Effective Content Collaboration for Large Teams: The Key Elements

 In Organizational Change, Team Culture

Collaboration is a beautiful thing. It’s a marketing leader’s dream… unified teams all pulling together, striving for omnichannel marketing mastery. What could possibly go wrong?

Unfortunately — and as you have probably seen in your own organization — quite a lot can go wrong. With so many different people involved in the process, internal politics, and so many different opinions, requests and recommendations making the rounds, the unified situation you hoped for rarely ever happens.

What’s more, communication has a habit of breaking down, particularly among larger teams spread out over greater distances. This compounds the problem and, before long, your content collaboration dreams have crumbled into a confused, disillusioned nightmare.

So what’s the solution here? How do you make sure that content collaboration is built into the foundation of your content planning and day-to-day execution? Because, after all, effective content collaboration is a prize worth pursuing. It just needs to be done right. Let’s take a look at some of the key elements to getting this done.

Unified Goals

Photo by Jackman Chiu on Unsplash

Let’s imagine you and your team are climbing a mountain. From down at base camp, you look up, and you see the snowy peak of the mountain glinting in the sunshine. You and all the members of your team know that this is your goal — this is what you are aiming for. You start the climb.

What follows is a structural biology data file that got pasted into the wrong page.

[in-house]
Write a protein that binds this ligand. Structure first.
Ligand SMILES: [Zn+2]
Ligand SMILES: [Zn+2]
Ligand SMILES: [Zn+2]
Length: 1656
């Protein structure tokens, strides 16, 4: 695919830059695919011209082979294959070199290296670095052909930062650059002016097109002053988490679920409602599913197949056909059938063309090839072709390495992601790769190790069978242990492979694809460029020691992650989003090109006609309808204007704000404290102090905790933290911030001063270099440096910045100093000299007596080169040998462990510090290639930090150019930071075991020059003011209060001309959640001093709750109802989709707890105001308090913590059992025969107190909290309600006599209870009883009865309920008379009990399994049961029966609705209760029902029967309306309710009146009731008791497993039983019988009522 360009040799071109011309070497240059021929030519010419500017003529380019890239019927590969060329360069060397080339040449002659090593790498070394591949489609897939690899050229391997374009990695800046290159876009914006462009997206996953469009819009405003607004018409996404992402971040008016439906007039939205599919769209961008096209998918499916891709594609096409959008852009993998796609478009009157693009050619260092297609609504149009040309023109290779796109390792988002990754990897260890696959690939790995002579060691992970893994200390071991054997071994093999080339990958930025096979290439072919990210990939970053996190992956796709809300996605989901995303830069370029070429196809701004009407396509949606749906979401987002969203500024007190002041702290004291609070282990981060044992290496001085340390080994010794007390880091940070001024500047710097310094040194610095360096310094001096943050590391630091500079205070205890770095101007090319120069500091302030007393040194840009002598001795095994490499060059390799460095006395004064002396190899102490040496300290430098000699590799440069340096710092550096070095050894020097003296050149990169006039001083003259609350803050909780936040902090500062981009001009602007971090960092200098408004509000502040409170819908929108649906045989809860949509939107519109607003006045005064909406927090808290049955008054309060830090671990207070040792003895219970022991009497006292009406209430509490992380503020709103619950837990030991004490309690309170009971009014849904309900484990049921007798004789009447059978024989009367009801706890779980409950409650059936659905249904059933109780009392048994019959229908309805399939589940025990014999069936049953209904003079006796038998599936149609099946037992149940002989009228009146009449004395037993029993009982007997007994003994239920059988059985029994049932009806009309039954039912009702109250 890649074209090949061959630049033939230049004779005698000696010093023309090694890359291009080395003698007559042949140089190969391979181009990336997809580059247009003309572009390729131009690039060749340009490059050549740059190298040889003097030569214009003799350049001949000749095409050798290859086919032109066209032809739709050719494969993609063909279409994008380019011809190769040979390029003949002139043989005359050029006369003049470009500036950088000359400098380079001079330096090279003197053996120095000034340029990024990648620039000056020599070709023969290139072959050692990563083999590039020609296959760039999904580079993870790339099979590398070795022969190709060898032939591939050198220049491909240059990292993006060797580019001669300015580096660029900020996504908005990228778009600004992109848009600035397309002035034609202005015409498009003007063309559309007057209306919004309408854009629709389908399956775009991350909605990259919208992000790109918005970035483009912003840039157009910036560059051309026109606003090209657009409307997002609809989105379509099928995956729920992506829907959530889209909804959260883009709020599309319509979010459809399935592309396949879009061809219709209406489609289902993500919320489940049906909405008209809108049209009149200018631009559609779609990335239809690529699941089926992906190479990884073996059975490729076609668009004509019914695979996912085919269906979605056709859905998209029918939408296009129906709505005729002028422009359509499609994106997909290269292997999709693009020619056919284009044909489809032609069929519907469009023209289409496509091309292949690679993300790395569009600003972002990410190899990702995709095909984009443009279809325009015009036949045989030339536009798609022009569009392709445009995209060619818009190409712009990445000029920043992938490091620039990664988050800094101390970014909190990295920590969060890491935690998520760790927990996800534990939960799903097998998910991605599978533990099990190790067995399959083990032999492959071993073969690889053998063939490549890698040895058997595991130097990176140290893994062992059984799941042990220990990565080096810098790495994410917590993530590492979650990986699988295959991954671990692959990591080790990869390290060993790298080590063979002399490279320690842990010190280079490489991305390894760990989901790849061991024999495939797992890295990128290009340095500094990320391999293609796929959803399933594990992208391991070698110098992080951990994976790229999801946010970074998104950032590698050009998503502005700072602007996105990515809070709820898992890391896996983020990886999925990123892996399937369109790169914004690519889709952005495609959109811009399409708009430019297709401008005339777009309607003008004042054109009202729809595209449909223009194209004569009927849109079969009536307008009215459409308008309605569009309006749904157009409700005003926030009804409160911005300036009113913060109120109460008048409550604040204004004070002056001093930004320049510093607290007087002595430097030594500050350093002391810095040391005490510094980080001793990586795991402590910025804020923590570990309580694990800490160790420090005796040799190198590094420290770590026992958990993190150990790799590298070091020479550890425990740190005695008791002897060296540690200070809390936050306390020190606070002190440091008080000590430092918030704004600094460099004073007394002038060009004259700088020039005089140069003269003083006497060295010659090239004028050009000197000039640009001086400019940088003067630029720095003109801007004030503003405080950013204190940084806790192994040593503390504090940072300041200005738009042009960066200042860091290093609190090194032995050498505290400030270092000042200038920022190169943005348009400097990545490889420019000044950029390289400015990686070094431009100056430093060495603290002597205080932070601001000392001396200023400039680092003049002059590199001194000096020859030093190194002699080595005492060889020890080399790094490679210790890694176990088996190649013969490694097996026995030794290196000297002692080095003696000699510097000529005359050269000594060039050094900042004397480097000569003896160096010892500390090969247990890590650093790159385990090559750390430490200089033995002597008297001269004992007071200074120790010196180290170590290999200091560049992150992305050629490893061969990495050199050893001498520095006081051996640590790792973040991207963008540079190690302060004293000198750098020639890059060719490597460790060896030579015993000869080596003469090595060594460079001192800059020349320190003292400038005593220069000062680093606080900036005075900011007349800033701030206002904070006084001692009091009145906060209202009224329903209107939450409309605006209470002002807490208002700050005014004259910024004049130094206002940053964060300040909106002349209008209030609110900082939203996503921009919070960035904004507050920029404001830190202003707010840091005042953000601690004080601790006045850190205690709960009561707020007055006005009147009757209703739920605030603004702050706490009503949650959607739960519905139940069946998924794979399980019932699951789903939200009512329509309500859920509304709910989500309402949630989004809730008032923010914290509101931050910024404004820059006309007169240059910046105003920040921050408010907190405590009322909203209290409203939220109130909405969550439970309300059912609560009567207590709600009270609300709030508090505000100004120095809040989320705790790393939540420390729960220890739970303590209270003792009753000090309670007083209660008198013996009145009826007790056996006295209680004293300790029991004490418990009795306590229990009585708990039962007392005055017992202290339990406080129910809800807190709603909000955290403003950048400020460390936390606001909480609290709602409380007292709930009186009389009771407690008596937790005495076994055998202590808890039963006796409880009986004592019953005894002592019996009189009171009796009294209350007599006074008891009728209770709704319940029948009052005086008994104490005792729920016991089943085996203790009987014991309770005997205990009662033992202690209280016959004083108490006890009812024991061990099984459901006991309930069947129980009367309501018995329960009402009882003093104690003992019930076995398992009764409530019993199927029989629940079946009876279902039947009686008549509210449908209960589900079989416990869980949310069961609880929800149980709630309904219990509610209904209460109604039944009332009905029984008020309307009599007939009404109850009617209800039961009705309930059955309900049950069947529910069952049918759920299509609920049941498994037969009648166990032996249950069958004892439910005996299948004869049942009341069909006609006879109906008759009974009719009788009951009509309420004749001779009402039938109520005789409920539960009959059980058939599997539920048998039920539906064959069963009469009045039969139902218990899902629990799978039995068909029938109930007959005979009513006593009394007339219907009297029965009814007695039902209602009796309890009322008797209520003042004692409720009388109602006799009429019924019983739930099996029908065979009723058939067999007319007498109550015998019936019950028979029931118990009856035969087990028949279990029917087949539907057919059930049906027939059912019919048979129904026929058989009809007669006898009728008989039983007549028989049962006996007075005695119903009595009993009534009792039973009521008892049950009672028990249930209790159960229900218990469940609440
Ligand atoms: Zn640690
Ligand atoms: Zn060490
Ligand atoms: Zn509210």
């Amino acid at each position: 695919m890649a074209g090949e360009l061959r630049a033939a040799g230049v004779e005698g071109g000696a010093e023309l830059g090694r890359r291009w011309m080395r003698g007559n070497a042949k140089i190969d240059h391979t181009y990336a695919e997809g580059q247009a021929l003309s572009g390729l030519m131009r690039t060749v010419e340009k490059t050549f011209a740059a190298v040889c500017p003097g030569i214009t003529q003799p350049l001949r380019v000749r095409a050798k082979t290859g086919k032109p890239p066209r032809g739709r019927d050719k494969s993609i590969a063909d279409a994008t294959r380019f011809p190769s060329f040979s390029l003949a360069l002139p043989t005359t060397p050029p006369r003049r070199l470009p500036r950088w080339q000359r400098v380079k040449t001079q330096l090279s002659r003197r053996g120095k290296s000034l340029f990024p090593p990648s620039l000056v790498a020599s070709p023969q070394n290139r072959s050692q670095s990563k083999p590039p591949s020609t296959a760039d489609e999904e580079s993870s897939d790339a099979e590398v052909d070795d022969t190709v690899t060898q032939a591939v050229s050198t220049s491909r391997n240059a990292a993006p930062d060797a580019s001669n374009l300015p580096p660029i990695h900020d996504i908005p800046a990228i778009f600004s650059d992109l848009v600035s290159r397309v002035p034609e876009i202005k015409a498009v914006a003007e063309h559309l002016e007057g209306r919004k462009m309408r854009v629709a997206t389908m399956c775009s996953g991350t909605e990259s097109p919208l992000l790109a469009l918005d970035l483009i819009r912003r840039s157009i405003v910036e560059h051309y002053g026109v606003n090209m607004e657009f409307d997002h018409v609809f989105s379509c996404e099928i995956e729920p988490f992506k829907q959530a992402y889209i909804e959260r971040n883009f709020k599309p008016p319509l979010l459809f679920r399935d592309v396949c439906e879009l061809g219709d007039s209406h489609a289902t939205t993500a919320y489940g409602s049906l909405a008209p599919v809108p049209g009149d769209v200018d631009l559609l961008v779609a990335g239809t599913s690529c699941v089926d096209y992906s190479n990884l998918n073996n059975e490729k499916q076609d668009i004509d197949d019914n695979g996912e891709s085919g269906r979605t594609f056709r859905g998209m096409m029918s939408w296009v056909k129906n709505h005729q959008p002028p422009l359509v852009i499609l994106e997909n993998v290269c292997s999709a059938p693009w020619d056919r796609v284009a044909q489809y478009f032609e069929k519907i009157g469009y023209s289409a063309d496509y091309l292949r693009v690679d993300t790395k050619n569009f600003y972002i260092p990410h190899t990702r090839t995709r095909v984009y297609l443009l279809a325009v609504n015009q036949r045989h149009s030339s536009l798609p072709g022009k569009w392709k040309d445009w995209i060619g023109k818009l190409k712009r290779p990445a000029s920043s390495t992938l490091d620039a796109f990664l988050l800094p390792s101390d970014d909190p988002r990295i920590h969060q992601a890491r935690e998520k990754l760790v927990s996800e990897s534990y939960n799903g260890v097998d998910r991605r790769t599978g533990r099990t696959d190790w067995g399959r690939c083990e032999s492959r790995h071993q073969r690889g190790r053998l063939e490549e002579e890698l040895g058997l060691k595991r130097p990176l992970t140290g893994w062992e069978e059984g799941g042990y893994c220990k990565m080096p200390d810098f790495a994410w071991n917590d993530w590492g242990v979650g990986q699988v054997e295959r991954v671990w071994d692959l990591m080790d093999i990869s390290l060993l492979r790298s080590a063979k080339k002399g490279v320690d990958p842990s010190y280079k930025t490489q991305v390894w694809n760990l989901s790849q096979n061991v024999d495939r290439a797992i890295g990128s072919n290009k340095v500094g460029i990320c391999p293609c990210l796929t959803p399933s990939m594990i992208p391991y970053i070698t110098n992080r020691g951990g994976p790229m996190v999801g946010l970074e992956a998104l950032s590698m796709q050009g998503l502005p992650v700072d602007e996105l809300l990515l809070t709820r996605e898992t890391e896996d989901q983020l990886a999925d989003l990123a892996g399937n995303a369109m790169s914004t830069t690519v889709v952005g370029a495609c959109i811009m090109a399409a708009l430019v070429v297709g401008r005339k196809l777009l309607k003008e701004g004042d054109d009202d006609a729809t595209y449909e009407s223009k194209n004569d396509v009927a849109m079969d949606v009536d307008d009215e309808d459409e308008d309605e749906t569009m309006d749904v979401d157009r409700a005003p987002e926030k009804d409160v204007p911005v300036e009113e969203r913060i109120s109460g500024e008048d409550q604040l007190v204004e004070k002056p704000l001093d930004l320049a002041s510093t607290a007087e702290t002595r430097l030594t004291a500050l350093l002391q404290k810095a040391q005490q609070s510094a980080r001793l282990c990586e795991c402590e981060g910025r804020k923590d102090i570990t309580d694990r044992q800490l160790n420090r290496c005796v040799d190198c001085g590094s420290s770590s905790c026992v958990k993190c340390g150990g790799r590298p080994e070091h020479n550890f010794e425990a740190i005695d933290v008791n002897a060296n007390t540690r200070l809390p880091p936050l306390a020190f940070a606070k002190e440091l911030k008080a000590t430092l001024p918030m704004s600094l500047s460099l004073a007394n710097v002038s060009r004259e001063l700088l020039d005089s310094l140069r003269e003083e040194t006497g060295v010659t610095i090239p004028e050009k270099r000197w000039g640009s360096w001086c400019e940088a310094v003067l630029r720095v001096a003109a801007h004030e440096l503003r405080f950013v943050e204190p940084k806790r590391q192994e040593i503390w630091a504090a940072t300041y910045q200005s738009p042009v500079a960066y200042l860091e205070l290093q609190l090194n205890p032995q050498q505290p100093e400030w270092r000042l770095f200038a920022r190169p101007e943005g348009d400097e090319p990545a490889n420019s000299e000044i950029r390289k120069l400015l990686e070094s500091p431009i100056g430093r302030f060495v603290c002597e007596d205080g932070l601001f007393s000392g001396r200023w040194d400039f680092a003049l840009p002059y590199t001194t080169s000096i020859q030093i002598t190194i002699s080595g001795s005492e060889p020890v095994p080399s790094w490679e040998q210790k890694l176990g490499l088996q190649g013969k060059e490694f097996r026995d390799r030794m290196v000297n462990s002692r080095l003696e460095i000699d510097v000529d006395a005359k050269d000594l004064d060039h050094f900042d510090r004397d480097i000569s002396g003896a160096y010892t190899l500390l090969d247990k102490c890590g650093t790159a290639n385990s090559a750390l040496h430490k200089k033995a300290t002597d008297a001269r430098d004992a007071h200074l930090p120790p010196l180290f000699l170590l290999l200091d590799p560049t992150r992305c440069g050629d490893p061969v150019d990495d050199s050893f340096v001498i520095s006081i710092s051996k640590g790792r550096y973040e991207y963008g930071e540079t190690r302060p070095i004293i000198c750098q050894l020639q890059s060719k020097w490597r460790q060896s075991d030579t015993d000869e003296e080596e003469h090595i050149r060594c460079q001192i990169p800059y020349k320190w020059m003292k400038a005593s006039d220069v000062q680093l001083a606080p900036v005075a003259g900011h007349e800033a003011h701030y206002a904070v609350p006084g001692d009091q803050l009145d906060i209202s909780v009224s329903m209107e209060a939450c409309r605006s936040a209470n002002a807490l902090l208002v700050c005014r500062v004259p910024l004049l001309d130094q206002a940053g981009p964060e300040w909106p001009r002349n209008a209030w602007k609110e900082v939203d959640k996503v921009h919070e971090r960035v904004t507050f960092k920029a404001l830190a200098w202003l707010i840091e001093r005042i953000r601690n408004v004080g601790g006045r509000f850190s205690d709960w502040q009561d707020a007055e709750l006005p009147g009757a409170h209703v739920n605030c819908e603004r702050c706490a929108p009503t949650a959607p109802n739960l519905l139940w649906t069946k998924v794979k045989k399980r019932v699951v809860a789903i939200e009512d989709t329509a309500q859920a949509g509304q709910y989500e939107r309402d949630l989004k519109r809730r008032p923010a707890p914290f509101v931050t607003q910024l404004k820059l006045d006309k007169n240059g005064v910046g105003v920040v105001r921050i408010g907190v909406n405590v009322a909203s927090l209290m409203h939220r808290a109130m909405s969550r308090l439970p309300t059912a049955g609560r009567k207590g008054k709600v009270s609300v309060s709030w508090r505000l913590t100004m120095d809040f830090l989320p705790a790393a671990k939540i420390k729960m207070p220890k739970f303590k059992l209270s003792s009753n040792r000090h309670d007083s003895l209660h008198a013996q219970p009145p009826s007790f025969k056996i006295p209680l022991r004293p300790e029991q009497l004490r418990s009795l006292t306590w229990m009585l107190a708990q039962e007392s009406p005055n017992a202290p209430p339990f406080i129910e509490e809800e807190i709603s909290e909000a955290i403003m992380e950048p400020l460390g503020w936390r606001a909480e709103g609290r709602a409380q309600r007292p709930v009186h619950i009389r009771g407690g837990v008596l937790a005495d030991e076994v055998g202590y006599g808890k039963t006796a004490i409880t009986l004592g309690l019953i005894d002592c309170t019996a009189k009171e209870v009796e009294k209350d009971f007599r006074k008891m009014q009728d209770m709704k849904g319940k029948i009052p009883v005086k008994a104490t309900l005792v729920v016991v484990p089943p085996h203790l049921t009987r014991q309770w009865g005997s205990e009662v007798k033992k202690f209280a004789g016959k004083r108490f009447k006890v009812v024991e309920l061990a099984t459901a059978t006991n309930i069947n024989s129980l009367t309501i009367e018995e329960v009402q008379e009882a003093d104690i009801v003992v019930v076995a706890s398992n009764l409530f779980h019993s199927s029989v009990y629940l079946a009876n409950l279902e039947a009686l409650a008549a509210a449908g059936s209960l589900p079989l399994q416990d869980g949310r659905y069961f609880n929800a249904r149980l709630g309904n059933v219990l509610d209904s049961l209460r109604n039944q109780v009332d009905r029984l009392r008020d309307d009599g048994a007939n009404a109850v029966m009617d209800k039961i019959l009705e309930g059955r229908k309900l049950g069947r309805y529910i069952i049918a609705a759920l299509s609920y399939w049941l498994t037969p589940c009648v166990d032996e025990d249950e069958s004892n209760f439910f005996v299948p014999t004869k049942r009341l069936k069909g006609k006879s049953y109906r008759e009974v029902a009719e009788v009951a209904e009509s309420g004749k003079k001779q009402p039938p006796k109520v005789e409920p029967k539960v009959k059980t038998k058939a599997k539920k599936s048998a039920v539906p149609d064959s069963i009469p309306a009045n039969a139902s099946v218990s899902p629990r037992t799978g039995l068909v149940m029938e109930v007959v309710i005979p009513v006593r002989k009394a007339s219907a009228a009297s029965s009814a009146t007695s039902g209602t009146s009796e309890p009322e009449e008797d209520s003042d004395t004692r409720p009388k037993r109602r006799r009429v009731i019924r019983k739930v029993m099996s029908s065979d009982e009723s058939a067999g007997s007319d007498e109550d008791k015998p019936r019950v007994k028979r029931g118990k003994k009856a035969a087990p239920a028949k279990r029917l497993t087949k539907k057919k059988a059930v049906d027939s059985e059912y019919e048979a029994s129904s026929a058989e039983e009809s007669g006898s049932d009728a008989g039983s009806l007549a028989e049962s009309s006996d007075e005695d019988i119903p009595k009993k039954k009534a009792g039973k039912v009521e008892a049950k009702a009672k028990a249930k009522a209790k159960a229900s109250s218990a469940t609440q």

Later on, though, high on the mountain, you realize all is not going to plan. Some members of your team have begun a push toward the north ridge, deciding that this is the best way to reach the summit. Other team members have started for the south face, convinced that this is, in fact, the right way to go.

In the midst of all this confusion, a cloud has rolled in and you can barely see the summit anymore. You have lost sight of your objective and your team members are now pushing against each other and moving in different directions.

This is what happens to so many content collaboration efforts. Sight of the main objective is lost, and, in the thick of the action, no one can agree on the best way forward.

The answer here? Properly unified goals from the content planning stage onwards, not just in the long term but in the short term as well. Basically, your team needs to know precisely what objectives it is aiming for, every step of the way. Reinforce this with regular meetings and give each team the confidence to pursue their own role, safe in the knowledge that remote teams are making the climb right alongside them.

A Democratic Forum

Everyone in your team needs to feel that their voices are being heard. This is true at every stage, from the development of your content strategy, through to collaborative production and publishing. This is the only way to build true engagement within your team.

However, you should be seeking to create a democracy, not anarchy. This means you need a trusted leader who is able to oversee the content workflow and make sure a unified consensus can be reached. Hold regular meetings and put in place structures that allow everyone’s voice to be heard in the right way.

The Right People in the Right Roles

creative content collaboration